Im Focus: Wafer-thin Magnetic Materials Developed for Future Quantum Technologies

Two-dimensional magnetic structures are regarded as a promising material for new types of data storage, since the magnetic properties of individual molecular building blocks can be investigated and modified. For the first time, researchers have now produced a wafer-thin ferrimagnet, in which molecules with different magnetic centers arrange themselves on a gold surface to form a checkerboard pattern. Scientists at the Swiss Nanoscience Institute at the University of Basel and the Paul Scherrer Institute published their findings in the journal Nature Communications.

Ferrimagnets are composed of two centers which are magnetized at different strengths and point in opposing directions. Two-dimensional, quasi-flat ferrimagnets...

Im Focus: World's thinnest hologram paves path to new 3-D world

Nano-hologram paves way for integration of 3-D holography into everyday electronics

An Australian-Chinese research team has created the world's thinnest hologram, paving the way towards the integration of 3D holography into everyday...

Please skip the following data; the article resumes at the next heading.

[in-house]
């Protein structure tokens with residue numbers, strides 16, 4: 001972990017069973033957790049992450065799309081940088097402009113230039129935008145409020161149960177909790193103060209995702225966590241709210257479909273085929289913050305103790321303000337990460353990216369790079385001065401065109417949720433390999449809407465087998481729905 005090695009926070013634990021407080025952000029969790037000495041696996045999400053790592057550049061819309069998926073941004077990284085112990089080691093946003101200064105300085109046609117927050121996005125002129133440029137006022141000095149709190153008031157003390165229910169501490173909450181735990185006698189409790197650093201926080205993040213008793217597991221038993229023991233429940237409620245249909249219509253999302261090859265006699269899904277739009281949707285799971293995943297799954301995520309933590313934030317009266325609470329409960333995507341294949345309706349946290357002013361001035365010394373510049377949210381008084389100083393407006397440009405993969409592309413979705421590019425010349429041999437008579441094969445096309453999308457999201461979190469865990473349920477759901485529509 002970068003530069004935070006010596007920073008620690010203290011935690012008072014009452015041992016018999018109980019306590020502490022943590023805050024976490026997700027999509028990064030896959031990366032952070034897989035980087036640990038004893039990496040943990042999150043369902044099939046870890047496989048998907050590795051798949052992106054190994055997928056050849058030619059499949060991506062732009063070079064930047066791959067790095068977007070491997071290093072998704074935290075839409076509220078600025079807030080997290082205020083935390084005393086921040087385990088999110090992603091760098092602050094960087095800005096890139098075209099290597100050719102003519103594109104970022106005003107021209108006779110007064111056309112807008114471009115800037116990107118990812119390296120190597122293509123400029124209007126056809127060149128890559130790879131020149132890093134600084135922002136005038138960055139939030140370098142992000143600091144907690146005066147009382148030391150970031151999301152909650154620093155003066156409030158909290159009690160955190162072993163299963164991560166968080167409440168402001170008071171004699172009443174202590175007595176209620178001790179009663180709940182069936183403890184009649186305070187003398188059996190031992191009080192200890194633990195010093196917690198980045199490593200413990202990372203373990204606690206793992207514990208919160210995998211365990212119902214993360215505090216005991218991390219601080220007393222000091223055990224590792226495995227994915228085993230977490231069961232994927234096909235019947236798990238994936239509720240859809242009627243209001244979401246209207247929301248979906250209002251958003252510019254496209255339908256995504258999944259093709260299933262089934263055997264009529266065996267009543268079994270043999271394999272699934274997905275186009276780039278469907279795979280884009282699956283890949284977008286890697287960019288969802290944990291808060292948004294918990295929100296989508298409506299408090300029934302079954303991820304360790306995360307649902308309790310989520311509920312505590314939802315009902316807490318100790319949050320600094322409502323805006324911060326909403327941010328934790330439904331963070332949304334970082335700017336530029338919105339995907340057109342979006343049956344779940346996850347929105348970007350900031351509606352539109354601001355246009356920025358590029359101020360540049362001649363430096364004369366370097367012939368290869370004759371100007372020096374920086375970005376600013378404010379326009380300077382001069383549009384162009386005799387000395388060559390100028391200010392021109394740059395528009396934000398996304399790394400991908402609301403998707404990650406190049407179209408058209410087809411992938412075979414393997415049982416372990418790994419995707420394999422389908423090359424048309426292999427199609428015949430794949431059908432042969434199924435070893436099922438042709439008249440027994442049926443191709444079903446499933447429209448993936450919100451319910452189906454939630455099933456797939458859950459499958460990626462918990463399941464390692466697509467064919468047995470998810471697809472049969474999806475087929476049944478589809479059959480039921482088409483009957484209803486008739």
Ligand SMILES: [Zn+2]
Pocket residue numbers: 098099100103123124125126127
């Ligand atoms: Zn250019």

Im Focus: Using graphene to create quantum bits

In the race to produce a quantum computer, a number of projects are seeking a way to create quantum bits -- or qubits -- that are stable, meaning they are not much affected by changes in their environment. This normally needs highly nonlinear non-dissipative elements capable of functioning at very low temperatures.

In pursuit of this goal, researchers at EPFL's Laboratory of Photonics and Quantum Measurements LPQM (STI/SB), have investigated a nonlinear graphene-based...

Im Focus: Bacteria harness the lotus effect to protect themselves

Biofilms: Researchers find the causes of water-repelling properties

Dental plaque and the viscous brown slime in drainpipes are two familiar examples of bacterial biofilms. Removing such bacterial depositions from surfaces is...

All Focus news of the innovation-report >>>

Anzeige

Anzeige

Event News

AWK Aachen Machine Tool Colloquium 2017: Internet of Production for Agile Enterprises

23.05.2017 | Event News

Dortmund MST Conference presents Individualized Healthcare Solutions with micro and nanotechnology

22.05.2017 | Event News

Innovation 4.0: Shaping a humane fourth industrial revolution

17.05.2017 | Event News

 
Latest News

Scientists propose synestia, a new type of planetary object

23.05.2017 | Physics and Astronomy

Zap! Graphene is bad news for bacteria

23.05.2017 | Life Sciences

Medical gamma-ray camera is now palm-sized

23.05.2017 | Medical Engineering

VideoLinks
B2B-VideoLinks
More VideoLinks >>>